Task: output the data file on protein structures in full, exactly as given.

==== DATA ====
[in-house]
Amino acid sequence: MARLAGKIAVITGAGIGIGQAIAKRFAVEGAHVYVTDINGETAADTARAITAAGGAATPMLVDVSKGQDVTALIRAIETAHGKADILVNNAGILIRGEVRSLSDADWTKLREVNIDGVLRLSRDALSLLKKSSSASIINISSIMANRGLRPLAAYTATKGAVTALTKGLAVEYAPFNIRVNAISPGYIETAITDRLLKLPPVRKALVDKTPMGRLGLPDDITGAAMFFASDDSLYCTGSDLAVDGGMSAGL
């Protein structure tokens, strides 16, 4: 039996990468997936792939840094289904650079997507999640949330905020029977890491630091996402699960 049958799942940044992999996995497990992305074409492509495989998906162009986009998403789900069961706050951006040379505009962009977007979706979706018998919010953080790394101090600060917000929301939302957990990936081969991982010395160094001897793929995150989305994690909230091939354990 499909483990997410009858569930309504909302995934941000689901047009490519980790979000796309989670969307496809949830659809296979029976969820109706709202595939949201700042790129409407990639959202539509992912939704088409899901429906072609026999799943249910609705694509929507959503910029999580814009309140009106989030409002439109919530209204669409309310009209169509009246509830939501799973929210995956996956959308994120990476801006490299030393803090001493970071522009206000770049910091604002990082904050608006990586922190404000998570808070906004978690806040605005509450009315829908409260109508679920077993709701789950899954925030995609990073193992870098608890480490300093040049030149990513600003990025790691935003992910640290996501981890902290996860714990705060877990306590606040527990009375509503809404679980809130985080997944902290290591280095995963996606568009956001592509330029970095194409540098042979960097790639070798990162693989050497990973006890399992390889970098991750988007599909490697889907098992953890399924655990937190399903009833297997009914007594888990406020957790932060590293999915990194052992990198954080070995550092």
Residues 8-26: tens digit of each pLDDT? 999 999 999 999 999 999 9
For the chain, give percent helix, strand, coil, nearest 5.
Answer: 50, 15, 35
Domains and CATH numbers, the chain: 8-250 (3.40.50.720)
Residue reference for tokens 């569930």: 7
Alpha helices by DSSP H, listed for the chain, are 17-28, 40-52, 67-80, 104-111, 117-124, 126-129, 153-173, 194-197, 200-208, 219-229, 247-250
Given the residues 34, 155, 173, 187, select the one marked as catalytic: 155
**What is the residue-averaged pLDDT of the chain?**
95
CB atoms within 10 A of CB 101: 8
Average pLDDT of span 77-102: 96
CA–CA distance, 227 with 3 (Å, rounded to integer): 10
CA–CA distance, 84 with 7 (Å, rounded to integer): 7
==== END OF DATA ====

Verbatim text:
[in-house]
Amino acid sequence: MARLAGKIAVITGAGIGIGQAIAKRFAVEGAHVYVTDINGETAADTARAITAAGGAATPMLVDVSKGQDVTALIRAIETAHGKADILVNNAGILIRGEVRSLSDADWTKLREVNIDGVLRLSRDALSLLKKSSSASIINISSIMANRGLRPLAAYTATKGAVTALTKGLAVEYAPFNIRVNAISPGYIETAITDRLLKLPPVRKALVDKTPMGRLGLPDDITGAAMFFASDDSLYCTGSDLAVDGGMSAGL
């Protein structure tokens, strides 16, 4: 039996990468997936792939840094289904650079997507999640949330905020029977890491630091996402699960 049958799942940044992999996995497990992305074409492509495989998906162009986009998403789900069961706050951006040379505009962009977007979706979706018998919010953080790394101090600060917000929301939302957990990936081969991982010395160094001897793929995150989305994690909230091939354990 499909483990997410009858569930309504909302995934941000689901047009490519980790979000796309989670969307496809949830659809296979029976969820109706709202595939949201700042790129409407990639959202539509992912939704088409899901429906072609026999799943249910609705694509929507959503910029999580814009309140009106989030409002439109919530209204669409309310009209169509009246509830939501799973929210995956996956959308994120990476801006490299030393803090001493970071522009206000770049910091604002990082904050608006990586922190404000998570808070906004978690806040605005509450009315829908409260109508679920077993709701789950899954925030995609990073193992870098608890480490300093040049030149990513600003990025790691935003992910640290996501981890902290996860714990705060877990306590606040527990009375509503809404679980809130985080997944902290290591280095995963996606568009956001592509330029970095194409540098042979960097790639070798990162693989050497990973006890399992390889970098991750988007599909490697889907098992953890399924655990937190399903009833297997009914007594888990406020957790932060590293999915990194052992990198954080070995550092």
Residues 8-26: tens digit of each pLDDT? 999 999 999 999 999 999 9
For the chain, give percent helix, strand, coil, nearest 5.
Answer: 50, 15, 35
Domains and CATH numbers, the chain: 8-250 (3.40.50.720)
Residue reference for tokens 């569930």: 7
Alpha helices by DSSP H, listed for the chain, are 17-28, 40-52, 67-80, 104-111, 117-124, 126-129, 153-173, 194-197, 200-208, 219-229, 247-250
Given the residues 34, 155, 173, 187, select the one marked as catalytic: 155
**What is the residue-averaged pLDDT of the chain?**
95
CB atoms within 10 A of CB 101: 8
Average pLDDT of span 77-102: 96
CA–CA distance, 227 with 3 (Å, rounded to integer): 10
CA–CA distance, 84 with 7 (Å, rounded to integer): 7